Tuesday, June 07, 2011

Worth A Read

The Far Outliers blog is currently posting lots of excerpts on some of the African unpleasantnesses of the last 20-odd years.

I think I'd take issue with this, though - from Dancing in the Glory of Monsters: The Collapse of the Congo and the Great War of Africa, by Jason Stearns (Public Affairs, 2011), Kindle Loc. 130-146:

The Democratic Republic of the Congo is a vast country, the size of western Europe and home to sixty million people. For decades it was known for its rich geology, which includes large reserves of cobalt, copper, and diamonds, and for the extravagance of its dictator Mobutu Sese Seko, but not for violence or depravity.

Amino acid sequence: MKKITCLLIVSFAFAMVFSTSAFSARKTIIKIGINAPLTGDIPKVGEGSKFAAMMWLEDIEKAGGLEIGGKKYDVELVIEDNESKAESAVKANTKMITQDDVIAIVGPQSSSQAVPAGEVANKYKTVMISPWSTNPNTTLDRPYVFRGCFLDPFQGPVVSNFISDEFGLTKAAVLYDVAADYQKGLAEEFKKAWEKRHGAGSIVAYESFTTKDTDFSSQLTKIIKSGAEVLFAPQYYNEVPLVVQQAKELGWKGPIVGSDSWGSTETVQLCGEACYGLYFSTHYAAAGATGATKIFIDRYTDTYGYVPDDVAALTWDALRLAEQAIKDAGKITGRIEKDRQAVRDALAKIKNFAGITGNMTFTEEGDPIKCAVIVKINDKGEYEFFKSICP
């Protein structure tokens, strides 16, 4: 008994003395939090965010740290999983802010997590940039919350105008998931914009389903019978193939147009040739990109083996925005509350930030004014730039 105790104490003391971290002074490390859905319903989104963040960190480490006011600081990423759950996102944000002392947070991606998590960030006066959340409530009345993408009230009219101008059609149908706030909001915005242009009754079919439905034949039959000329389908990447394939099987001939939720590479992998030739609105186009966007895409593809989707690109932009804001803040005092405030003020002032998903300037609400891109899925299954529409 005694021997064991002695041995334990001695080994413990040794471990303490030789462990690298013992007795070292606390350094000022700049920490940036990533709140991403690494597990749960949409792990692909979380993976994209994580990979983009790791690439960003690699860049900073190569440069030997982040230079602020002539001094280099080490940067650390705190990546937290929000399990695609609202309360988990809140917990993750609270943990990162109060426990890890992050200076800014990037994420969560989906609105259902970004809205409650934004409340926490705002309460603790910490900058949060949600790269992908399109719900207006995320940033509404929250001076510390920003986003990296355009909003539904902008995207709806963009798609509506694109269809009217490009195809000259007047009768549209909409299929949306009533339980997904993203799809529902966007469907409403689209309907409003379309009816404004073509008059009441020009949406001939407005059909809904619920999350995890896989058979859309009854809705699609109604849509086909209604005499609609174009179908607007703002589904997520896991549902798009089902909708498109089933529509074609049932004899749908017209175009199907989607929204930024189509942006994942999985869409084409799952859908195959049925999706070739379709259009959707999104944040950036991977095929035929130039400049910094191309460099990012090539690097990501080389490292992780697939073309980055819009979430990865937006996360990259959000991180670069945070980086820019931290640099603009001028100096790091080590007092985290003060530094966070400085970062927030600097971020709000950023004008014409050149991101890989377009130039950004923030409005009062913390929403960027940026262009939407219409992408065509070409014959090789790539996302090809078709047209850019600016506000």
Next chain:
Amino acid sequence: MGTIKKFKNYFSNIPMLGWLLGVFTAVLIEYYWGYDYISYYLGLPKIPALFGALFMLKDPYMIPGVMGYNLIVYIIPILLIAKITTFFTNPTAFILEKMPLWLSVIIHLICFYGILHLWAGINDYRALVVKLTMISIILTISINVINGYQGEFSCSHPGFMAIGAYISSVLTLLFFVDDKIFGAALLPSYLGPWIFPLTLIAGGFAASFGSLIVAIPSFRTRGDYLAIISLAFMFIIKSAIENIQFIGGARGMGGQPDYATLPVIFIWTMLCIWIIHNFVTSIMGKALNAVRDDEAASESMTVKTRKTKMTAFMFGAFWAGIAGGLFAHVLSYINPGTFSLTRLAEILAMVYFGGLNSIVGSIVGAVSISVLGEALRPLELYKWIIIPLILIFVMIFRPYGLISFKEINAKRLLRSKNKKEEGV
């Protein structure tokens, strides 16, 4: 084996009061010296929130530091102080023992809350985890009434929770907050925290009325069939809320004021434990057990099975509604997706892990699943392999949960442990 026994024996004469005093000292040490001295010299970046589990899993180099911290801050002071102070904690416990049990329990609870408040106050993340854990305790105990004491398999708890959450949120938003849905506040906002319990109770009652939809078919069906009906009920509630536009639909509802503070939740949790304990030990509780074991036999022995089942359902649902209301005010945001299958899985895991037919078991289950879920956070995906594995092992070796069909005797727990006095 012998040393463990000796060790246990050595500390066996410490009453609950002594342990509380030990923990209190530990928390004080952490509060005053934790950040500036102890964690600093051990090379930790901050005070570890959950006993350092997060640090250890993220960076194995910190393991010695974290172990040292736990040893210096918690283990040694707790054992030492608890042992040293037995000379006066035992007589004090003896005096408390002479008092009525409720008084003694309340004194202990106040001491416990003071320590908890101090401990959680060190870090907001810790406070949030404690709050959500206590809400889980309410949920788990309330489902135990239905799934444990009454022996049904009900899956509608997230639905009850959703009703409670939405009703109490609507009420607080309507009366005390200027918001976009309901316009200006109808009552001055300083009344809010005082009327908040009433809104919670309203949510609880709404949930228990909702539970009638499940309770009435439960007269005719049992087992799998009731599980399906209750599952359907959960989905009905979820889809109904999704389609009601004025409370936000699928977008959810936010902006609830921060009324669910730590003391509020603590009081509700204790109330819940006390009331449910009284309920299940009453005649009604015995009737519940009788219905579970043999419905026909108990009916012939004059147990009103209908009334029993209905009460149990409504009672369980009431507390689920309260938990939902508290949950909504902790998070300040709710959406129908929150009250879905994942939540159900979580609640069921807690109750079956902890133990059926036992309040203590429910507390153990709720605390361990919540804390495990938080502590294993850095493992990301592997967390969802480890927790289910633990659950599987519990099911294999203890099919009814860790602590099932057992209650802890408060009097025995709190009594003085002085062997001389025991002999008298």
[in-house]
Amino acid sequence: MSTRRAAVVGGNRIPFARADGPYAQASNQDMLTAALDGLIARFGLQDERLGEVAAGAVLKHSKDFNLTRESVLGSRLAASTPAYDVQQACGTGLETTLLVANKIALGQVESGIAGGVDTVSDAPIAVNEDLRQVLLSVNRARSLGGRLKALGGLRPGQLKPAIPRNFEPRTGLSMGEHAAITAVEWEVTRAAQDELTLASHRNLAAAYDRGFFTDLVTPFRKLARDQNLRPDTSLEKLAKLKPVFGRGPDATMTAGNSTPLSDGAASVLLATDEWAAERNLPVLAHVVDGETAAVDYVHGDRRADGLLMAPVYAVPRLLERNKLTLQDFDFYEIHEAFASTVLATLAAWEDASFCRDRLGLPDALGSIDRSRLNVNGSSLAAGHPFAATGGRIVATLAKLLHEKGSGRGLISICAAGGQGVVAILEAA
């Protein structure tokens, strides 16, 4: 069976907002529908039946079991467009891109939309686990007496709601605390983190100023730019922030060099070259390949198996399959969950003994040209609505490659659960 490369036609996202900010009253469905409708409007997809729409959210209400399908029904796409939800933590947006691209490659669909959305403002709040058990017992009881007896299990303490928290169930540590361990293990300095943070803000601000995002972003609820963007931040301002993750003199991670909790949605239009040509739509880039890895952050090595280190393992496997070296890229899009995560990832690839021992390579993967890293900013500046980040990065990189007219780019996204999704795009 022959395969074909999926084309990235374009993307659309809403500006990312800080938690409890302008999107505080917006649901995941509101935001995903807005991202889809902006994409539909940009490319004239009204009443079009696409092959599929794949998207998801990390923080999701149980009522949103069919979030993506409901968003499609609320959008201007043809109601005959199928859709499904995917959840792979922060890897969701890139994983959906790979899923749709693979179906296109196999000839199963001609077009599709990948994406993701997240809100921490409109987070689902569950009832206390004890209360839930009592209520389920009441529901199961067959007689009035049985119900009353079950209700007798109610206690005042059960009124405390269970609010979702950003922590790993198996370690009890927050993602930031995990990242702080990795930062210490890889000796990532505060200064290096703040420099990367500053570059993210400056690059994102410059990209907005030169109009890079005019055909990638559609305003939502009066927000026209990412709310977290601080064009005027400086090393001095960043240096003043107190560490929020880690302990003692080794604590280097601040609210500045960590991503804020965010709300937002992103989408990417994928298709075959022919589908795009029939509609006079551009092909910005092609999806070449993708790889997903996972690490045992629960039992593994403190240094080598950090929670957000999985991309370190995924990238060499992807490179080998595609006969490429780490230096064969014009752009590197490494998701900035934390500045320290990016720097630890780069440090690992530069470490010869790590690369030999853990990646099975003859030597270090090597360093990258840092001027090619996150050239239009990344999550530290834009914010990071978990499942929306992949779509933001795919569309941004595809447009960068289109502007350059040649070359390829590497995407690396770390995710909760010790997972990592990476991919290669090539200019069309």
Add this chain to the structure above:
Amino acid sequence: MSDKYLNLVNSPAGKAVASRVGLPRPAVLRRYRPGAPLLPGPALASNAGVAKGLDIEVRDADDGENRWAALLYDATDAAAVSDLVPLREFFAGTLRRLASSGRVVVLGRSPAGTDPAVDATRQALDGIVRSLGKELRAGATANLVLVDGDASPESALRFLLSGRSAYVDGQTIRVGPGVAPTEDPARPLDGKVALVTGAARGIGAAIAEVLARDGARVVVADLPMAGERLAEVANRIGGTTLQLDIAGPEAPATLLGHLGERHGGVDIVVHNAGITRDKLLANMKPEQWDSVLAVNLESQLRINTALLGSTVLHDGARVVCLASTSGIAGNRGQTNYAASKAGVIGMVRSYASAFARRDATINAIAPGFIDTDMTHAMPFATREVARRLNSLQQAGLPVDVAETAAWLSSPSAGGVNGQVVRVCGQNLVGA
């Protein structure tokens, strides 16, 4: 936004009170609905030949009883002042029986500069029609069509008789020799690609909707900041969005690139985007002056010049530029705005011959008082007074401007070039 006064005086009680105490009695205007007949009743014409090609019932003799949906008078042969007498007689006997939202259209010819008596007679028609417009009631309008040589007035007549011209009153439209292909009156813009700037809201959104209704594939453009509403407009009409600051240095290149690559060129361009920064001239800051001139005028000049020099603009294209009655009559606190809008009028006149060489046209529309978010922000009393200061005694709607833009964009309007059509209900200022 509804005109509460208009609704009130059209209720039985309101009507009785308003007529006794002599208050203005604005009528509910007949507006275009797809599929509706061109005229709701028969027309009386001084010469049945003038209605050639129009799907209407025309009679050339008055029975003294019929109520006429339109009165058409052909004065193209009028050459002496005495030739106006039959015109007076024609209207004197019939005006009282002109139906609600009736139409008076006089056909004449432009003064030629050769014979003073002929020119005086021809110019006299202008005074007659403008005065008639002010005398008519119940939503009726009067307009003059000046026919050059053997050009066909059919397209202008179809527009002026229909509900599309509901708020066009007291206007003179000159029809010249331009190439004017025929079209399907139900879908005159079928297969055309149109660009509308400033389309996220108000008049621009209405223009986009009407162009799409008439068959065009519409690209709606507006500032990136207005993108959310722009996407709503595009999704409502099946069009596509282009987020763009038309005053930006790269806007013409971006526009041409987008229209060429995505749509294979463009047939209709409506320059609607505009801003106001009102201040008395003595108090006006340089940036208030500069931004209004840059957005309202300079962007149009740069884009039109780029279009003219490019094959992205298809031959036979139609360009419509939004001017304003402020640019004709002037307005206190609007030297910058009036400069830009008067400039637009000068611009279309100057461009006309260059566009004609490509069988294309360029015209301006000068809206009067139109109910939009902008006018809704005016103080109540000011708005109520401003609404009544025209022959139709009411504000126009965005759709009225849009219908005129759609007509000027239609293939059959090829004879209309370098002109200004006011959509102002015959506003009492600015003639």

As I understood the history, it was only when Mobutu pretty much cornered the market in violence that the Congo was peaceful. In the period between independence and military coup, it was the basket-case it's been ever since.


Anonymous said...

It wasn't particularly peaceful as a colony.

While it was the King of Belgium's personal fiefdom it inspired Heart of Darkness and that exploitation abated rather than ceased, when it transitioned to becoming a Belgium colony proper. It was only in the latter days of the Belgium Congo that a measure of stability returned.

Anonymous said...

There was a sweet Mobutu/Solomon Burke mash-up on 'All watched over by machines of loving grace' on Monday.